Since doing this lesson with students and having these discussions, I have made some changes to the way I use power in my house and we have made some changes at school.  My favorite change is the new power strips I am using for things like my TV and computer.  It is called a smart strip and really reduces the amount of power being used by things that are off.

  There is a lot of math in power usage and paying for power and analyzing usage is a great real life math skill.

Any ideas about how I could continue this "powerful" education with my students?  Let me know in the comments below!
I am also linking up with Middle School Math Moments for Workin' on it Wednesday!


  1. I did a similar project with my physics students. I think it was really useful. How exciting that power companies are beginning to provide this information!

  2. I love the idea of taking the graphs in for your students and having them make connections to how their choices can affect money being spent! Thanks so much for linking up!

    Jamie aka MissMathDork

  3. I, as well, love to do real world math w/my students. A lesson called harvest.pdf uses math from the Department of Agriculture. I found this math activity for fall harvest at on the TEACH link.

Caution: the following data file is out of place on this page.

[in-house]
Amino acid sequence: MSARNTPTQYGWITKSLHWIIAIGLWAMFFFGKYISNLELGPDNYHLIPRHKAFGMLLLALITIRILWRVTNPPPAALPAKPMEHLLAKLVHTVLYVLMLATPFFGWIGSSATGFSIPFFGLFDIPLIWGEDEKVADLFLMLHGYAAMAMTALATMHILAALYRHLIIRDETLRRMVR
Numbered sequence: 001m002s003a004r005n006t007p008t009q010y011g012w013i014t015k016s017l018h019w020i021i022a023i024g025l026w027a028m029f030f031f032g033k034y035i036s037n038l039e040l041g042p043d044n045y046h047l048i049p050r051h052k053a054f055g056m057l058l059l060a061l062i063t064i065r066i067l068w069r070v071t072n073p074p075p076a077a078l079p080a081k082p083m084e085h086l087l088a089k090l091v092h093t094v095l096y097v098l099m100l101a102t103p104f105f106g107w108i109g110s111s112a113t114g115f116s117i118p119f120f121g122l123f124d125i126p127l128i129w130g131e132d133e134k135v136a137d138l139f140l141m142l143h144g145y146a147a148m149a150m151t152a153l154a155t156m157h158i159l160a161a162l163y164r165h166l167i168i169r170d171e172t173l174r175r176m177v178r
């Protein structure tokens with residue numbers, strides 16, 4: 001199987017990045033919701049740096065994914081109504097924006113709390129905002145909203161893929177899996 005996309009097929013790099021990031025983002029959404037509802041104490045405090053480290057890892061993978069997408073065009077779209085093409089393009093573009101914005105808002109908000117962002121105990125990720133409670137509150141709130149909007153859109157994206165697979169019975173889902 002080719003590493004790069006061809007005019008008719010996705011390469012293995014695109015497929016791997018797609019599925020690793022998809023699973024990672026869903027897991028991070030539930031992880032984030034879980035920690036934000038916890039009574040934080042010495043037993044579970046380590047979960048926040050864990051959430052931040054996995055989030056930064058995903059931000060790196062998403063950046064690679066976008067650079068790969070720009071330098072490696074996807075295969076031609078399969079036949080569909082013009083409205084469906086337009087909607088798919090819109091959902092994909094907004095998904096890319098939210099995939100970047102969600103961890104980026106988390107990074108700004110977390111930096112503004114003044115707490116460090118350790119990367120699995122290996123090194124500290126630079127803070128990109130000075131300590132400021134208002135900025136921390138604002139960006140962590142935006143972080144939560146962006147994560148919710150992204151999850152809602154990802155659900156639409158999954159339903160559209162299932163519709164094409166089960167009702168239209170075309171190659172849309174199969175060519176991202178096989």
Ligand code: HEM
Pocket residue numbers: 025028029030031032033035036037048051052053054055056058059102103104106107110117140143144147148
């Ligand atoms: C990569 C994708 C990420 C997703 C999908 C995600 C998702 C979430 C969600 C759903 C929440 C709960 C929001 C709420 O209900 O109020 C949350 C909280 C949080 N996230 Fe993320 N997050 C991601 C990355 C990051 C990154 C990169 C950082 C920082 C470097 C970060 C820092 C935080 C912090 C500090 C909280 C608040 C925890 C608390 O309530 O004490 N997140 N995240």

4. This was an awesome idea for connecting math to the real world. I bet your students will never think about using electricity in the same way again. Bringing in the graphs of your electricity usage was a great conversation tool, and I found in interesting how much more aware of what might be causing the increase in electricity use after just one time of exposure and discussion! You might could see if some of the other teachers would allow you to bring in graphs of their usage and your class could have a comparative analysis topic of discussion

    1. Great ideas! Since we all have the same utility company I know they can all access their graphs online. I bet I will find a bunch of teachers willing to share. Thanks for the suggestion!